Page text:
This is, in very large lines, what the guys at Deck 13 have tried to do with their creature, and the result is certainly satisfying, punitive as never before. And yet there is more: the difficulty of a title like Dark Souls is that the logic of approach to combat is many and all complex; there are numerous combinations of micro-patterns that are often difficult to read, which require very high and constant attention, and also a great deal of reflexes.
In The Surge 2 all this is, but to a lesser extent, since the attack sequences of enemies are sometimes simpler. The damage inflicted is still high, as well as the intransigence that regulates the so-called "action windows".
Rather than copying the From system into the trunk, the developers added other variables, turning the experience into something faithful to the paradigm and also quite different.
And this, of course, is something we really enjoyed. The blue energy bar immediately leaps to the eye, and is in practice a kind of kinetic force that accumulates by fighting, necessary to activate some specific skills such as care. Even the glorious parry is fundamental since it allows to unbalance the enemy gaining a real advantage, not to mention the stamina, which imposes the rhythm of each fight and so on.
In any case, perhaps more than all the rest, the central (and unpublished) element is the directional parade. Basically we will have four directions to choose from with the lever, so as to accommodate the incoming blow with the correct posture and avoid the impact. Observing the animations and understanding the times will be vital, since some details are intentionally ambiguous, designed to deceive our guard.
The idea of dismemberment, on the other hand, is doubly brilliant: once exhausted an opponent we can choose to aim the decisive blow at a specific limb, which however will have a more or less high resistance depending on the degree of armor. Once the destination is decided, a mini-cutscene will start, which will see us violently sever the "piece" of the enemy.
The point is that every limb brings with it a specific drop, necessary for character upgrades, so we must also consider this variation: understanding what we need and insisting or not (sometimes even extending battle times) to bring it to us home. Besides being fun and "new", this approach is inextricably linked to the mechanics of progression (and farming).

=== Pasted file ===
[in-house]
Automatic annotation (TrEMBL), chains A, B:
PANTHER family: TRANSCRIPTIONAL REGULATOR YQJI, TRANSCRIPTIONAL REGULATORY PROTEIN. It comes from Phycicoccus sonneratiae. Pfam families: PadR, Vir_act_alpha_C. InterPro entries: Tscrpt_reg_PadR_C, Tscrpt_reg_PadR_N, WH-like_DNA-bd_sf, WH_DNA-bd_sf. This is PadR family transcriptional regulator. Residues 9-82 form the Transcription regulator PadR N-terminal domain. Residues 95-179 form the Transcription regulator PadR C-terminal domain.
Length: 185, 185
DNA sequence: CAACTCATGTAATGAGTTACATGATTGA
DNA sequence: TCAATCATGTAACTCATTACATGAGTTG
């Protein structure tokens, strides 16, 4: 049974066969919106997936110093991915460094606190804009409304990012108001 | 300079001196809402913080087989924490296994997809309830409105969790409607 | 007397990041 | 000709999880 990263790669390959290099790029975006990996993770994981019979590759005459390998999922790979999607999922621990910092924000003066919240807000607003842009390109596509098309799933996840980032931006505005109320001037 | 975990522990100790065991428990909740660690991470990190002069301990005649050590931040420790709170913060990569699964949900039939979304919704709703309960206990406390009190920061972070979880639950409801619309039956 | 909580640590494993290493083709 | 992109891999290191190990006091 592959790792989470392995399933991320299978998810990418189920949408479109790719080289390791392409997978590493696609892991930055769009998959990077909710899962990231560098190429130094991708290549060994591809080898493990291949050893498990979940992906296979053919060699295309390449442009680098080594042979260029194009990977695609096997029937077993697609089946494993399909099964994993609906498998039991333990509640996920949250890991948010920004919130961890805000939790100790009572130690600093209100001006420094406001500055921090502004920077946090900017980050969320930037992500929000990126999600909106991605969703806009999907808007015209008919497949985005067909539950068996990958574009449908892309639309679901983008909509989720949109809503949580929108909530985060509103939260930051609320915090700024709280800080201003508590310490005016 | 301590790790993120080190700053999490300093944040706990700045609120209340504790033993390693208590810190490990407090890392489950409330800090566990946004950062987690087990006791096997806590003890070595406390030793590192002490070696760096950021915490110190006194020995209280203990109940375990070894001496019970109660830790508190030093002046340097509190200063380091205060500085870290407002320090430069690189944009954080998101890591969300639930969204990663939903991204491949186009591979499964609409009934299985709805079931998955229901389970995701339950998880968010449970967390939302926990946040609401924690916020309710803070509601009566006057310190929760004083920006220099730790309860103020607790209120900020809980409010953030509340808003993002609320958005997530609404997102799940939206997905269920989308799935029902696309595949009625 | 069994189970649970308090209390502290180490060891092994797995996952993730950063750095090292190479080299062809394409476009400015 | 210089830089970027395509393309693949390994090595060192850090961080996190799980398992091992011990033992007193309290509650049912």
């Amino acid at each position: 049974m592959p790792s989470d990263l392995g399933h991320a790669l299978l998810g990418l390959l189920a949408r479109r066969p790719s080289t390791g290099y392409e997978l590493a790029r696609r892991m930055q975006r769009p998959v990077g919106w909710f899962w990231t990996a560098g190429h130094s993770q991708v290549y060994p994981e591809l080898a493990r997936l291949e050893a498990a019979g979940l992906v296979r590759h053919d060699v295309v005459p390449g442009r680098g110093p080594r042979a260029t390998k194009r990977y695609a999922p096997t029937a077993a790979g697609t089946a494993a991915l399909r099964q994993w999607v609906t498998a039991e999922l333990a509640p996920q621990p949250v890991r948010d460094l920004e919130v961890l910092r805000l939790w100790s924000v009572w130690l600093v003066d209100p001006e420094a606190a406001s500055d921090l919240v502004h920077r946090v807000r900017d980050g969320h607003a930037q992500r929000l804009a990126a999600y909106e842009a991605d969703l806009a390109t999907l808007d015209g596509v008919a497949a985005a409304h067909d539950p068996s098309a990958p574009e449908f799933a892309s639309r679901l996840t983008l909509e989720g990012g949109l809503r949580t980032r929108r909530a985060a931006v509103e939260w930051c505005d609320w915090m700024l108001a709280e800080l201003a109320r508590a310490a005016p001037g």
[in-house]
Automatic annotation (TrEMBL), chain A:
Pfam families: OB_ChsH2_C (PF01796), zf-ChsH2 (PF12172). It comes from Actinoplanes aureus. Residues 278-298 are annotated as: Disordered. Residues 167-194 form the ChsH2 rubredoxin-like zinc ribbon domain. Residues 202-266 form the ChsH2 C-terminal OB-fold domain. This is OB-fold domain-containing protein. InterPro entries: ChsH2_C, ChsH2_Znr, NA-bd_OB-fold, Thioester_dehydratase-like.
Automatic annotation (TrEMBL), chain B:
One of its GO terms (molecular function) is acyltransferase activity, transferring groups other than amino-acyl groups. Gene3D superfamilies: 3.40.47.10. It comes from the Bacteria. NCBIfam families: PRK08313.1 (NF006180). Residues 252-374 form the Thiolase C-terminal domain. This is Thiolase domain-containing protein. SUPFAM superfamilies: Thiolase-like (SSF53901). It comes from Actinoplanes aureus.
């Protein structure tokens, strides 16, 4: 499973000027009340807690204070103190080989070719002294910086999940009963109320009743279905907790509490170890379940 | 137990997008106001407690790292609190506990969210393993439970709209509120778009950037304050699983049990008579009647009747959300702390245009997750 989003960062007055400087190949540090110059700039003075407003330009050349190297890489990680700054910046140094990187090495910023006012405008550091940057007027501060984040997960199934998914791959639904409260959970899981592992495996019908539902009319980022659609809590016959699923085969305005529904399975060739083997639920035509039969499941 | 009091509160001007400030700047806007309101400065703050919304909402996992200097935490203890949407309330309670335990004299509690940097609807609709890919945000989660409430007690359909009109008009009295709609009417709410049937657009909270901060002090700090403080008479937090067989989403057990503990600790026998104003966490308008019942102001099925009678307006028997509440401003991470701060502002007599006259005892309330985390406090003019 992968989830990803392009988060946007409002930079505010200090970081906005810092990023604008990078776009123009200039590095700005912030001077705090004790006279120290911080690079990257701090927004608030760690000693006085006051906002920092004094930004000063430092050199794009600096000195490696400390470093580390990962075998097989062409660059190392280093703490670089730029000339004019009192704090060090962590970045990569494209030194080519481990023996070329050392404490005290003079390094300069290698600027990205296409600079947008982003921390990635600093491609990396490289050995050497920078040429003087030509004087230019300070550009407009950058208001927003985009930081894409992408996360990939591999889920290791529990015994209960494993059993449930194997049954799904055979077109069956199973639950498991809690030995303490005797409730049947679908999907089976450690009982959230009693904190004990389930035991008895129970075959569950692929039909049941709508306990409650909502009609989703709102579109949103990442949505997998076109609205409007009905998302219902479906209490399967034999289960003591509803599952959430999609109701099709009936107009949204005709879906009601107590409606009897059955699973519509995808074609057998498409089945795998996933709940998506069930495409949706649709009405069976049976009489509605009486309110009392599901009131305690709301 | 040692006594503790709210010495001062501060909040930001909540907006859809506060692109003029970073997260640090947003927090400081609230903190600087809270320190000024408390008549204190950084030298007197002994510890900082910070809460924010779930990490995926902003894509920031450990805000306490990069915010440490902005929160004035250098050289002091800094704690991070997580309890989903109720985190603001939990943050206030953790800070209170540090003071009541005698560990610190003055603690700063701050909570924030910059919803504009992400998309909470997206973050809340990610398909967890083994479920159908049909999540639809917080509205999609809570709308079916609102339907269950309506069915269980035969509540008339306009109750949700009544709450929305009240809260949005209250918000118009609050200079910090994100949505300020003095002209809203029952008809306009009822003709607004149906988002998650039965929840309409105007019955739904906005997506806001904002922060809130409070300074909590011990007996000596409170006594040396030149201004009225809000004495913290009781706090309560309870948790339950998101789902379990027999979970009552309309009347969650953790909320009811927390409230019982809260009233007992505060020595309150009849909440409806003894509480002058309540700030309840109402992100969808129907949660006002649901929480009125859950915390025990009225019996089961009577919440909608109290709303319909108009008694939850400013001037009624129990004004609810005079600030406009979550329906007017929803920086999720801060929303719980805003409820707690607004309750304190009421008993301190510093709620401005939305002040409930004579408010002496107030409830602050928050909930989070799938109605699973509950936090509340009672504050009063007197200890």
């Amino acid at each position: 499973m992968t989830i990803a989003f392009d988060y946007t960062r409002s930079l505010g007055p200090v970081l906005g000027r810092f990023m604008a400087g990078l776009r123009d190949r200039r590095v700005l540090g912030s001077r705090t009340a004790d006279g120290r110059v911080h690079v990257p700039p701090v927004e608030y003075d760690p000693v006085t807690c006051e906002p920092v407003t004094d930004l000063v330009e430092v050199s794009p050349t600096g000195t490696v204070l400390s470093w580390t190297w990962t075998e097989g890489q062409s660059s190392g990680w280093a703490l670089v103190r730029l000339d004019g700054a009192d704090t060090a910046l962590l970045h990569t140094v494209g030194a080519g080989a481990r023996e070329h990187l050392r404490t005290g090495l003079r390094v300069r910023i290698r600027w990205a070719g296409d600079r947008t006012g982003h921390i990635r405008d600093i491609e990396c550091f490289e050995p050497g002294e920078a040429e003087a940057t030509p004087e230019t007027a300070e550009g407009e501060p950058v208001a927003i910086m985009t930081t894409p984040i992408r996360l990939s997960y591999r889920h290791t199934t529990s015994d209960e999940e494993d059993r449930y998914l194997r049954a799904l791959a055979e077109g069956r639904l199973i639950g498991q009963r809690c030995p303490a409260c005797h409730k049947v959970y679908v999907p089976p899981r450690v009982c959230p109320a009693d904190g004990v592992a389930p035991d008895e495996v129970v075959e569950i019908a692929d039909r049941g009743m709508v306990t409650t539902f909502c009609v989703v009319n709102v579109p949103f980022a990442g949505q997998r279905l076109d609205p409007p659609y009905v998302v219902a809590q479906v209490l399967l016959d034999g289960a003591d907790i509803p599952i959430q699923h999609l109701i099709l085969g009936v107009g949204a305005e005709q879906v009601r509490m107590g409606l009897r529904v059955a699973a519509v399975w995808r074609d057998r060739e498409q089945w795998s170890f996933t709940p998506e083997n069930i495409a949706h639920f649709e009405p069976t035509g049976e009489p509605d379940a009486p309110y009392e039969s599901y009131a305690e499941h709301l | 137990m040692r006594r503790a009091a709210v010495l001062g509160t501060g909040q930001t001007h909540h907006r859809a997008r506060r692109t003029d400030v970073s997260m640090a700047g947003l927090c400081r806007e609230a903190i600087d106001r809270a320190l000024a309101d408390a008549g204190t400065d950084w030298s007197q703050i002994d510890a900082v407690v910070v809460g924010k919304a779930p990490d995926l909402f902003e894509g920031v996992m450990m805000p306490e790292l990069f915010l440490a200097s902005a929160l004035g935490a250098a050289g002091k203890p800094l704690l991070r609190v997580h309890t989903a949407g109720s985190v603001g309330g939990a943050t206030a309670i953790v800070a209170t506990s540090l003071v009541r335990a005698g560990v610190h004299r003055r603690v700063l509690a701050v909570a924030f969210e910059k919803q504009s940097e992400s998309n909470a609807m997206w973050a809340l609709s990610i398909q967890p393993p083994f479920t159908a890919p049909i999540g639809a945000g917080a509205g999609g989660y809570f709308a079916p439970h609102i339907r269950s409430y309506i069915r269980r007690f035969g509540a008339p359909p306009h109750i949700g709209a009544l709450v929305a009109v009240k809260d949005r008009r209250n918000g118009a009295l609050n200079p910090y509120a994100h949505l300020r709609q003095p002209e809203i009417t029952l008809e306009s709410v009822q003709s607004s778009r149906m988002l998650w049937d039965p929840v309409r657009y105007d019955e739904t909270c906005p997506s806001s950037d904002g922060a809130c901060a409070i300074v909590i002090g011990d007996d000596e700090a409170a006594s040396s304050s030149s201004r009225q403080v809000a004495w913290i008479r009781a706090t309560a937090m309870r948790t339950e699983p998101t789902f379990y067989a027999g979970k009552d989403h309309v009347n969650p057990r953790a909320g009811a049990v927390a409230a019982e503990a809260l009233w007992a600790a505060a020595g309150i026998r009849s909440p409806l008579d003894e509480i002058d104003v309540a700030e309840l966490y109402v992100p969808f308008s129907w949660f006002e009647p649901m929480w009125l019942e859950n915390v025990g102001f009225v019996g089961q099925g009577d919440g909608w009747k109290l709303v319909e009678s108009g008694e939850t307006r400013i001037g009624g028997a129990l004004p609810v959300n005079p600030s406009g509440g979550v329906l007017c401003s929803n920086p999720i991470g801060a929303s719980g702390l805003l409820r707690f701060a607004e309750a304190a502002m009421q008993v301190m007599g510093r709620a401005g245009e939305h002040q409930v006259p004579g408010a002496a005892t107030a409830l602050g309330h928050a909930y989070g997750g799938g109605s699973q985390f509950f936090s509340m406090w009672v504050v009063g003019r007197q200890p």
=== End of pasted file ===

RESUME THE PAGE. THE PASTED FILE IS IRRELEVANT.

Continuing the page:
It goes without saying that all this is inextricably linked to the dynamics of crafting: the menu is vast and articulated, and is divided into several categories, among which the one of the plants stands out, perhaps even more important than the traditional section "statistics ". From the enemies in fact you can collect not only materials, weapons or objects, but also projects, to be used to create a wide range of physical improvements: it is a feature that represents the very core of the gameplay, and for now it has seemed remarkably multifaceted and stimulating.
In all this, however, it must be said that the behavior of the adversaries has not always proved satisfactory ; the individual's AI certainly does not excel, and at times it seemed to us that they detected our presence almost automatically, as if they were equipped with a super-view. In addition, the damage is very high and some gunshots seem impossible to block. Moreover, and this has really bothered us, the parade posture cannot be superimposed on the dodging movement, a limit that renders the fight unnecessarily woody.
Here, we would like the difficulty of the game to be well calibrated, and to do without these expedients, focusing more on the facets of the already excellent mechanics inserted. We hope that Deck 13 has the opportunity to retouch these and other small smears, which are also present in the old title, because if this were so The Surge 2 could finally explain its glass and metal wings and be noticed by the general public.